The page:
Wednesday Quick Hits
The more I learn about plug-in hybrids (PHEVs), the more convinced I am that this would be a far better use of our alternative energy dollar than subsidizing corn ethanol. Learn All About Plug-In Hybrids (PHEVs) here.
WASHINGTON – A group of scientists urged Congress on Wednesday to fund research for plug-in hybrid vehicles, touting the technology as another way to reduce the nation’s dependence on oil through the help of a simple electrical socket.
With high gas prices straining some Americans’ budgets, advocates of the alternative vehicles told a House committee that plug-in hybrids could reduce gasoline consumption and reduce air emissions. And while ethanol-fueled vehicles will require a better network of fueling pumps, a plug-in hybrid car could recharge at home.
“To think that you could pull into your garage at the end of the day and ‘fill ‘er up’ just by plugging your car into a regular, 110-volt socket in the garage is very appealing,” said Rep. Judy Biggert R-Ill., chairwoman of the House Science subcommittee on energy.
Plug-in hybrids combine hybrid technology — which uses both gasoline and electric power — with large batteries that can be plugged into a standard wall socket. To help learn more about the vehicles, Rep. Lamar Smith, R-Texas, said he would introduce legislation to provide $250 million in grants to research battery technology and develop a fleet of demonstration plug-in vehicles that could be further tested.
The article continues, with comments from some critics here.
Bad News for Brazilian Ethanol
The entire article is worth a read. Here are some excerpts of note:
The Brazilian government is declaring victory in its decades-long struggle to become self-sufficient in the supply of oil. The milestone is cause for celebration in a country that has long paid a high price for imported energy.
Brazil’s success came not from treating oil as an addiction but by producing even more of the stuff and by becoming even more dependent on world markets.
Guided partly by Brazil’s apparent success, American policy-makers are crafting new mandates for ethanol, and flex fuel vehicles are now taking shape. We have the impression that ethanol is king.
In reality, ethanol is a minor player in Brazilian energy supply. It accounts for less than one-tenth of all the country’s energy liquids. The real source of Brazil’s self-sufficiency is the country’s extraordinary success in producing more oil.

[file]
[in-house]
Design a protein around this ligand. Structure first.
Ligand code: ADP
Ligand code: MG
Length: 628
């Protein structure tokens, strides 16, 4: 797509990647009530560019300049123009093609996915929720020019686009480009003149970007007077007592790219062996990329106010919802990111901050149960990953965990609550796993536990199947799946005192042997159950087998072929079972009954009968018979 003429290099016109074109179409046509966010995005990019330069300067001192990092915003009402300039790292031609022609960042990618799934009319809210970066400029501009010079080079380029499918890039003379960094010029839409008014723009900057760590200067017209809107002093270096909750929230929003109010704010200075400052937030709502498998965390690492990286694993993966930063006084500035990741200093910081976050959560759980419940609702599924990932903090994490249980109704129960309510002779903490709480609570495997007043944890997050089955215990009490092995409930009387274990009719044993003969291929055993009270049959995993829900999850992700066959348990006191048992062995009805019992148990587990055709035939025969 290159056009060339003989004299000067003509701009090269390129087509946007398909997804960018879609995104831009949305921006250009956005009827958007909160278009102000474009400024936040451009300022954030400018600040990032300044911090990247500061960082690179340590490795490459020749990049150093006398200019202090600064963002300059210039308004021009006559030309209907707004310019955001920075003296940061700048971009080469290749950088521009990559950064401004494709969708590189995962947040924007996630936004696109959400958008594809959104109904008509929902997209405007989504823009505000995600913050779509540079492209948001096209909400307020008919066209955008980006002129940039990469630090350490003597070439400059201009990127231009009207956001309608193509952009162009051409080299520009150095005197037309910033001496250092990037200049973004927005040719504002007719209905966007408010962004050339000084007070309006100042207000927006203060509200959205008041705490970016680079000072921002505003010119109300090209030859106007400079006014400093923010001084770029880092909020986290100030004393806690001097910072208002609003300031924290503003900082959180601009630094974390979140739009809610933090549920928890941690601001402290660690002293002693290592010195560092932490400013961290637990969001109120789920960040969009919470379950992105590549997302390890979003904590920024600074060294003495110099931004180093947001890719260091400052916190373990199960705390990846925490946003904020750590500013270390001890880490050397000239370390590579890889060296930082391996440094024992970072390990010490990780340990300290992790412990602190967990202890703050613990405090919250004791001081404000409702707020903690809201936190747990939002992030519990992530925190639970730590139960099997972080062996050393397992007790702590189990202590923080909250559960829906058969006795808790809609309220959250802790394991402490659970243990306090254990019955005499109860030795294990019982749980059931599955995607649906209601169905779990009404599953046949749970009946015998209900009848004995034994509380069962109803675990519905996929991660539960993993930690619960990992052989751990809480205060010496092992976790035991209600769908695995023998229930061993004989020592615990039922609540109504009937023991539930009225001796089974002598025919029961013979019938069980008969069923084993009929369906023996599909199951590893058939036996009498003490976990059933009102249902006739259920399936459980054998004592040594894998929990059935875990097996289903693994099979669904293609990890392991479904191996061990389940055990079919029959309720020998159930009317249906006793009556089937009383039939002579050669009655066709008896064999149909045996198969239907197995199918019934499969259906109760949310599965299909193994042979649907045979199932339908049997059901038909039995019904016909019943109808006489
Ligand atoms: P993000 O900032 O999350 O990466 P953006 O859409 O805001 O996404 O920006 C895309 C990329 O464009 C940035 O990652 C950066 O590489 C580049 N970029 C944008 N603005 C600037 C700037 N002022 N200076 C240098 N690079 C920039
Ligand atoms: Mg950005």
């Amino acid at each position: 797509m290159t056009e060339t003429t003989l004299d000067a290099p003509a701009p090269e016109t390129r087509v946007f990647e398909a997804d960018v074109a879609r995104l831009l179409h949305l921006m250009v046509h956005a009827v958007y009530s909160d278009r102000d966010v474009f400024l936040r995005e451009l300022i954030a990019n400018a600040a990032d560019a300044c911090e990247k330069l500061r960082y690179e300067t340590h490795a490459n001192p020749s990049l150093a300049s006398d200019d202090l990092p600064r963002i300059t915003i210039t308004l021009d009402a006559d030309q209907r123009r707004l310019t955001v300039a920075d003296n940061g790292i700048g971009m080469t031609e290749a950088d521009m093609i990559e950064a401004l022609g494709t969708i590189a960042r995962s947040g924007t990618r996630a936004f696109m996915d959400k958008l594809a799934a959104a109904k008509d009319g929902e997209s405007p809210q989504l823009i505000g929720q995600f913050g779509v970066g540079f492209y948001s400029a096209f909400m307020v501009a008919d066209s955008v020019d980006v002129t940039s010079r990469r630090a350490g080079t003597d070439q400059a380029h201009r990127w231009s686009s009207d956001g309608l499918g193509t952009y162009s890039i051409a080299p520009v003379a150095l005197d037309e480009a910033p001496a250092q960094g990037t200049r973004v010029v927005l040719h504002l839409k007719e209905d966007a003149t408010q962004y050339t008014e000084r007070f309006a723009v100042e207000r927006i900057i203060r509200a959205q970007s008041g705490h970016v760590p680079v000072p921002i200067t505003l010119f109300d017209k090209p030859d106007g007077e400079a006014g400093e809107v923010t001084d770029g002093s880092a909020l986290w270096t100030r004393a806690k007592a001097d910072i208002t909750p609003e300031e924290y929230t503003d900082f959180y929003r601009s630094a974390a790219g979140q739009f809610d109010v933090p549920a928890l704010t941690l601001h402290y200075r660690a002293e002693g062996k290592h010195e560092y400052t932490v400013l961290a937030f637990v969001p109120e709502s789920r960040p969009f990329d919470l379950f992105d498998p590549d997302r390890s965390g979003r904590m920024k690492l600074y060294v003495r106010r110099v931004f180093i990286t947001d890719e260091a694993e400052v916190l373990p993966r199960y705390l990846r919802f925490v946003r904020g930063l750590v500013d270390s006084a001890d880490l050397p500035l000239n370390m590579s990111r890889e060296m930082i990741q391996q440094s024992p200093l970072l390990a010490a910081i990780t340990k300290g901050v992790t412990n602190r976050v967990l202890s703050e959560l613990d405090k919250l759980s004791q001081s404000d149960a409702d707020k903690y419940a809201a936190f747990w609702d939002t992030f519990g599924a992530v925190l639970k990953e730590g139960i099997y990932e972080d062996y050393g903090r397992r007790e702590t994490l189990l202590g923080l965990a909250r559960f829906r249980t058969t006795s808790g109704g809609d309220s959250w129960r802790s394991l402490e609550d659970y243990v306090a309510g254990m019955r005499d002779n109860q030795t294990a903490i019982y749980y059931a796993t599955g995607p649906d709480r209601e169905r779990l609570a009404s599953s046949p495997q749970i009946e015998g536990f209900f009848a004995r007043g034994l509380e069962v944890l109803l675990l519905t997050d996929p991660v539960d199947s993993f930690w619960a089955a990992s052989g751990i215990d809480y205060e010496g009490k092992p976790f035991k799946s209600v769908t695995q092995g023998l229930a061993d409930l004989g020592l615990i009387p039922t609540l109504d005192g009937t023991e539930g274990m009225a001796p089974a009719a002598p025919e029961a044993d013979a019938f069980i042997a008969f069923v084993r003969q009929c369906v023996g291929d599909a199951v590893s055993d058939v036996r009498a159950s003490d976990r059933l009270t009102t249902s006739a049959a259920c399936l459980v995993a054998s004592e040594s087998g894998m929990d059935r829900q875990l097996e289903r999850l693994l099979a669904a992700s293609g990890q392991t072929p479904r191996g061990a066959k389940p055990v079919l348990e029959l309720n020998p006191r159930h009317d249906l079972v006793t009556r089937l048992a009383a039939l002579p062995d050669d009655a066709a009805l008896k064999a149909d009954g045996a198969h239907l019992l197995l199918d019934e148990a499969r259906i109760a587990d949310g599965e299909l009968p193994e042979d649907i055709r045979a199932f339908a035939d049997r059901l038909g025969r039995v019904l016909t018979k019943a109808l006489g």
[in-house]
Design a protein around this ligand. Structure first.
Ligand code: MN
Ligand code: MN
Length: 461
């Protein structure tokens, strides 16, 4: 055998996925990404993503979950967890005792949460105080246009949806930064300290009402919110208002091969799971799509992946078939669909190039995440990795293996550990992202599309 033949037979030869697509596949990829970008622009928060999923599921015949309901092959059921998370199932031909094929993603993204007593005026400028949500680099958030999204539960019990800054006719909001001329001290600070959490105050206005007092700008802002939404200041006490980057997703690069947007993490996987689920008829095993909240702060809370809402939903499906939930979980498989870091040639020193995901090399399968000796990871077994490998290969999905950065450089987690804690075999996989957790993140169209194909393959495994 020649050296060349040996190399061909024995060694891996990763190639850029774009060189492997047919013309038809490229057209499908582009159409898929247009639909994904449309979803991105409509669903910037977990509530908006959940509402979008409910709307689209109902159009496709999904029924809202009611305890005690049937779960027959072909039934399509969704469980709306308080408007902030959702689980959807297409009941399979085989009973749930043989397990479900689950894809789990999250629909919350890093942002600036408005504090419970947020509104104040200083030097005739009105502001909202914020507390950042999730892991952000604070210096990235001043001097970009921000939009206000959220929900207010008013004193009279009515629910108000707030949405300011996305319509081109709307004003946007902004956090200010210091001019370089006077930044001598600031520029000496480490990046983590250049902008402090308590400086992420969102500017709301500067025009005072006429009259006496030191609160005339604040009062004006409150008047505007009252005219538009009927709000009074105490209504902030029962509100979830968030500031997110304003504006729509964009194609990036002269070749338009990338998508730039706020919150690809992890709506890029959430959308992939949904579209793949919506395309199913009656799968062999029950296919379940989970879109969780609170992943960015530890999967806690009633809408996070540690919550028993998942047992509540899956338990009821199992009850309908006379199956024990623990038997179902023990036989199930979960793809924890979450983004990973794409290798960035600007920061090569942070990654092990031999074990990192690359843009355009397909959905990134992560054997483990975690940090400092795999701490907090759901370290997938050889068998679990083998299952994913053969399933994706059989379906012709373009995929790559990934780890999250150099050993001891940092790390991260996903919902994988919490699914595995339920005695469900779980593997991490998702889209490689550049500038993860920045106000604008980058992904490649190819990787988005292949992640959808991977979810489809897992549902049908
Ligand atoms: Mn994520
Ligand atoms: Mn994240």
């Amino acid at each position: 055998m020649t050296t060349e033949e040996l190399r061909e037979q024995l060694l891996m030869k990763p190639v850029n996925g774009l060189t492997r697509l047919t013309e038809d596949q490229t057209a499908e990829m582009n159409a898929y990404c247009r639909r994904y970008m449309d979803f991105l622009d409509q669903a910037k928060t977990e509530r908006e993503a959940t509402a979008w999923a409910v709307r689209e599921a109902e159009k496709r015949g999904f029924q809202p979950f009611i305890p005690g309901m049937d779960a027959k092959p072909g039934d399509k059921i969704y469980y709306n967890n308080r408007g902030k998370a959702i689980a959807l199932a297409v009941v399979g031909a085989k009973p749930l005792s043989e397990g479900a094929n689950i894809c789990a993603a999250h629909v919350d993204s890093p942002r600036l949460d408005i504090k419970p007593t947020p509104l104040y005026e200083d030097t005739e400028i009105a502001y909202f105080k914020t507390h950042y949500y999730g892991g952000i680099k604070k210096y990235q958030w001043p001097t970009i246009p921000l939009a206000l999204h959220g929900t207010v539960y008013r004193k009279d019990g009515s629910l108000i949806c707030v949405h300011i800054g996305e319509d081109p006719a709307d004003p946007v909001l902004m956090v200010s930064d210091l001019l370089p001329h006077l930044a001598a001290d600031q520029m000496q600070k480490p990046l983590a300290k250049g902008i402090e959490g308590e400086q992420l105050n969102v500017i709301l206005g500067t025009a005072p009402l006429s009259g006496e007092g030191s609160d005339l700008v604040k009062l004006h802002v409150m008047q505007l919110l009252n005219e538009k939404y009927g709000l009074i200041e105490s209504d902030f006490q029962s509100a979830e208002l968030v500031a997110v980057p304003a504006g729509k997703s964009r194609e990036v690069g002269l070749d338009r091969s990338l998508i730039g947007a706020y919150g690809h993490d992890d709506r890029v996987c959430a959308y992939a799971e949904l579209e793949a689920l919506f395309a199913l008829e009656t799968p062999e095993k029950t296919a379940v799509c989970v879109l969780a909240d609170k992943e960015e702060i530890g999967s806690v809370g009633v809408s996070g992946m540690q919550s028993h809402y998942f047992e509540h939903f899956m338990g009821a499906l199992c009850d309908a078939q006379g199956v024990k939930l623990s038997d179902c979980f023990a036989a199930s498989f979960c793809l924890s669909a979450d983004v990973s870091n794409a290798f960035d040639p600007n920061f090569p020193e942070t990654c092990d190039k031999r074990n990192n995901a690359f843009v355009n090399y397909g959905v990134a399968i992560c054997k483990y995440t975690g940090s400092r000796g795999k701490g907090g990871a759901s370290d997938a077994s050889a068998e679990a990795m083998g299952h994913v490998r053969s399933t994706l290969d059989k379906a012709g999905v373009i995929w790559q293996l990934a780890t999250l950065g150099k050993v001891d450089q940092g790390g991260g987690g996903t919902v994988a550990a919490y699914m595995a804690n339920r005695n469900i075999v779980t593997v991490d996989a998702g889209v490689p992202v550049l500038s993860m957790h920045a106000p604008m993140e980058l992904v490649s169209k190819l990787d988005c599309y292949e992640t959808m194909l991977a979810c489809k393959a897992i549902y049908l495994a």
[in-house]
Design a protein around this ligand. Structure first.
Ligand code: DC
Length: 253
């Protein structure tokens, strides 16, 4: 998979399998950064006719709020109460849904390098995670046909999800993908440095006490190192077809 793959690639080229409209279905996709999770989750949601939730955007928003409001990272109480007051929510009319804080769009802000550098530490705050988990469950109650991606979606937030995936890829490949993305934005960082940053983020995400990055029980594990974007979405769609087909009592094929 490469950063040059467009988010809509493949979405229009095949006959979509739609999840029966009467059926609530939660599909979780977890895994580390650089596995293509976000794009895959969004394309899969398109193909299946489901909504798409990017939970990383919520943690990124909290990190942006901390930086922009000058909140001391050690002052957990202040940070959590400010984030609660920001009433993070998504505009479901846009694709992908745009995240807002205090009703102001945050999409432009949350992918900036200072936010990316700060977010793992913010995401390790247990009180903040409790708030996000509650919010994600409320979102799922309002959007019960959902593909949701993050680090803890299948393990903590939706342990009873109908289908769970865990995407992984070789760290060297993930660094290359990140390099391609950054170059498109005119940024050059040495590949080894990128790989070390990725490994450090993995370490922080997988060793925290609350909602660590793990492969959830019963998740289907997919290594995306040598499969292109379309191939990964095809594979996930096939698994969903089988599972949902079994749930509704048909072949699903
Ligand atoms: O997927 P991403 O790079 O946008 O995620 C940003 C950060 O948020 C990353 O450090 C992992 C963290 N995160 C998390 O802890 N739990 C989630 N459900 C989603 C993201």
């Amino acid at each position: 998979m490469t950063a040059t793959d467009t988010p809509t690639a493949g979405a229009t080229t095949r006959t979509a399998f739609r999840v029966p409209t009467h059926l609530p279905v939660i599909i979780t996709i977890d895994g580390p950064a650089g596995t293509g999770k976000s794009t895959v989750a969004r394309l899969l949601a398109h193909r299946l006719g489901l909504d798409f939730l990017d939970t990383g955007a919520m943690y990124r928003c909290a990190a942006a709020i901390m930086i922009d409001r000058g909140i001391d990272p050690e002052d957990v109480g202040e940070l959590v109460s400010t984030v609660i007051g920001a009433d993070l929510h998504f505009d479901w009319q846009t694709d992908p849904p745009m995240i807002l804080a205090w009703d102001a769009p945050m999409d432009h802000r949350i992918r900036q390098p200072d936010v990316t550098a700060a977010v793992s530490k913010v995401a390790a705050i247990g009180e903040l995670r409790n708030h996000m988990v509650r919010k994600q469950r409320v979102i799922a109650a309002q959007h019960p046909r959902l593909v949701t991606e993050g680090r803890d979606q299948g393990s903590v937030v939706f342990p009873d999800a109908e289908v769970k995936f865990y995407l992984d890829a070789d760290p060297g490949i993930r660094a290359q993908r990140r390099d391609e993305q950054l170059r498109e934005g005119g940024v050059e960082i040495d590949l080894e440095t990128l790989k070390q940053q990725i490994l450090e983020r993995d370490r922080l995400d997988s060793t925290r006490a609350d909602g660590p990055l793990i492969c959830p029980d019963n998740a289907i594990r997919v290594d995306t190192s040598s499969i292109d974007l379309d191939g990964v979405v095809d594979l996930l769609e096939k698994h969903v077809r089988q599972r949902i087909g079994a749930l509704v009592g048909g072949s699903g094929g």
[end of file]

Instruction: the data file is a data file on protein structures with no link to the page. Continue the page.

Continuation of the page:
Brazil’s self-sufficiency offers three lessons for U.S. energy policy:
First is that ethanol, with current technology, will do little to sever our dependence on imported energy. Sugar plants in Brazil’s climate are a lot more efficient at converting sunlight to biomass than is corn in the Midwest, but U.S. policy nonetheless favors corn (and imposes tariffs on imported sugar) because the program is really a scheme to deliver heartland votes rather than a commercially viable fuel.
Yet, even with Brazil’s favorable climate and sugar’s inviting biology, ethanol is already reaching the limit. That’s because the land and other resources devoted to ethanol can be put to other uses such as growing food and cash crops.
Indeed, today the Brazilian government is actually reducing the share of ethanol that must be blended into gasoline because sugar growers prefer to make even more money by selling their product as sugar on the world market rather than fermenting it into alcohol.
Article continued at Brazil’s Ethanol Lesson Is How to Manage Our Oil Addiction.
Oil Inventories Down, Gasoline Up
The government released petroleum inventory figures this morning. U.S. crude oil stockpiles fell by 100,000 barrels, and gasoline inventories rose by 1.3 million barrels. Refinery utilization was at 89.8 percent of operable capacity, the highest level since Hurricane Katrina struck. Gasoline imports averaged 1.45 million barrels per day, which was the 3rd highest weekly average on record. This is an indication that supply and demand remain in very tight balance, and the summer driving season is still in front of us. However, in the short term, with gasoline inventories starting to build, I would expect some easing of gasoline prices.
Source: This Week In Petroleum
The complete report can be accessed here.
Next up is a response to Joseph Miglietta on ethanol. Following that, I will publish a short essay on Fischer-Tropsch (FT), which is a reaction that will become very important as oil supplies become more and more expensive. It will be a non-technical article, but I will provide links to more detailed technical explanations. The article will focus on both the promise, and the peril of FT in meeting a portion of our future energy needs.